Tag Archives: Portugal

NATO Launches Massive Exercise to Prep for War With ‘Not Russia’

by Jason Ditz

NATO today launched its biggest single military exercise in more than 13 years, involving some 36,000 troops in the Mediterranean Sea, simulating a war spanning from Sicily to Spain and Portugal against a major invading European superpower, who officials are insisting is definitely totally not Russia.

The exercise is planned to last through November 6 and will focus on support a “Spearhead Force” that NATO intends to install along the Russian border, nominally to fend off a Russian invasion of Eastern Europe. The predictions of a Russian invasion have been growing out of NATO for a couple of years, and have justified significant increases in spending and military deployments into otherwise calm nations in the east.

The exercise is also going to involve “hybrid warfare” and challenging officers with Internet “propaganda” involving manipulated pictures and false intelligence, claiming to center on “lessons learned” during the 14-year-plus occupation of Afghanistan.

In addition to the NATO nations, 7 non-member nations will be participating in the exercise. Noteworthy among these is Ukraine, which predicts a full-scale global war with Russia seemingly on a weekly basis, and has ambitions to join the alliance.

14 Years After Decriminalization, Portugal’s Drug Fatalities Rank Second Lowest in EU

In 2001, Portugal decriminalized all drugs, replacing criminal penalties with civil penalties and court-ordered stints in drug treatment. As The Washington Post‘s Christopher Ingraham points out, supporters of the US War on Drugs have in the past offered up gloomy predictions as to the escalating rates of drug use that would eventually befall Portugal as a result of this policy change. However, new research into drug overdose fatality rates by the European Monitoring Centre for Drugs and Drug Addiction demonstrates that Portugal has not suffered under the policy, but instead features the second-lowest drug overdose fatality rates in the European Union.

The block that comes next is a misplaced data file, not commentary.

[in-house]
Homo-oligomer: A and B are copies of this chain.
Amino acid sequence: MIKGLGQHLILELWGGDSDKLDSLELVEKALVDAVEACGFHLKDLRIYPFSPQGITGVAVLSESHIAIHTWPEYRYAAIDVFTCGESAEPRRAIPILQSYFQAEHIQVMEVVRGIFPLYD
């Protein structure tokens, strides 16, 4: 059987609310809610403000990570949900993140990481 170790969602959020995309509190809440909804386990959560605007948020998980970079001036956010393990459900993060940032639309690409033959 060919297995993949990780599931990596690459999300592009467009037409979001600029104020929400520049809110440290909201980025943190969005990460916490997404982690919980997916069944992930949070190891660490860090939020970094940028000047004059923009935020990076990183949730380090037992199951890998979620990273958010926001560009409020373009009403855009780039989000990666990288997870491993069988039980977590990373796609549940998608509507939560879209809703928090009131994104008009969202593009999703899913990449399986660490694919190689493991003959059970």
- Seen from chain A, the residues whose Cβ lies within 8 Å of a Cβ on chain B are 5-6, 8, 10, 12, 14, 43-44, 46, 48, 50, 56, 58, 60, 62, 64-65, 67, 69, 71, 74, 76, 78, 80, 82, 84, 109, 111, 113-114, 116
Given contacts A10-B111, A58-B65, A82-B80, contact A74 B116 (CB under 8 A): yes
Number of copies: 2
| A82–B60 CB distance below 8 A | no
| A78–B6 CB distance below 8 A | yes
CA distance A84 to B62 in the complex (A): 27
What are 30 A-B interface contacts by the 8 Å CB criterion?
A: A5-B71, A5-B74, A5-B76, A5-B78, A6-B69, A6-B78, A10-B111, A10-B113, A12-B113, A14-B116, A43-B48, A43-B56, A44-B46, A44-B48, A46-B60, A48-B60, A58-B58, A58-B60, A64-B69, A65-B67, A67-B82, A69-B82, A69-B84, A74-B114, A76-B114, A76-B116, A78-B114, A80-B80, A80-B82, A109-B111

Meanwhile, the Transform Drug Policy Foundation notes that young adult past-year and past-month drug use, adult drug use, and HIV diagnoses among drug users have dropped since 2001.

Among Portuguese adults, there are 3 drug overdose deaths for every 1,000,000 citizens. Comparable numbers in other countries range from 10.2 per million in the Netherlands to 44.6 per million in the UK, all the way up to 126.8 per million in Estonia. The EU average is 17.3 per million,” wrote Christopher Ingraham for The Washington Post.

Opponents of Portugal’s policy have in the past predicted that drug use rates would rise in the European country. Office of National Drug Control Policy deputy director Thomas McLellan said of the move, “If you make any attractive commodity available at lower cost, you will have more users.

Columbia University Center for Addiction and Substance Abuse founder Joseph Califano once argued that “vigorous and intelligent enforcement of criminal law makes drugs harder to get and more expensive” and that any similar effort to decriminalize drugs in the US “will make illegal drugs cheaper, easier to obtain and more acceptable to use.” Califano continued, “The US has some 60 million smokers, up to 20 million alcoholics and alcohol misusers, but only around 6 million illegal drug addicts. If illegal drugs were easier to obtain, this figure would rise.

Not only have Portugal’s drug use rates dropped and drug fatality rates remained among Europe’s lowest, but the use of unsafe drug alternatives like bath salts and synthetic marijuana has plummeted below use rates in other nations.

Portugal’s national drug coordinator Dr. Joao Goulao, whom Christopher Ingraham credited as the “the architect of the country’s decriminalization policy,” cautioned that “it’s very difficult to identify a causal link between decriminalization by itself and the positive tendencies we have seen.” That said, these new numbers challenge the claims of decriminalization’s opponents, who said that Portugal would fall victim to rising drug use rates as a result of the policy.

In September of last year, Ben Swann released a Truth in Media episode challenging the US federal government’s mixed messages on marijuana prohibition and medical marijuana. Watch it in the below embedded video player.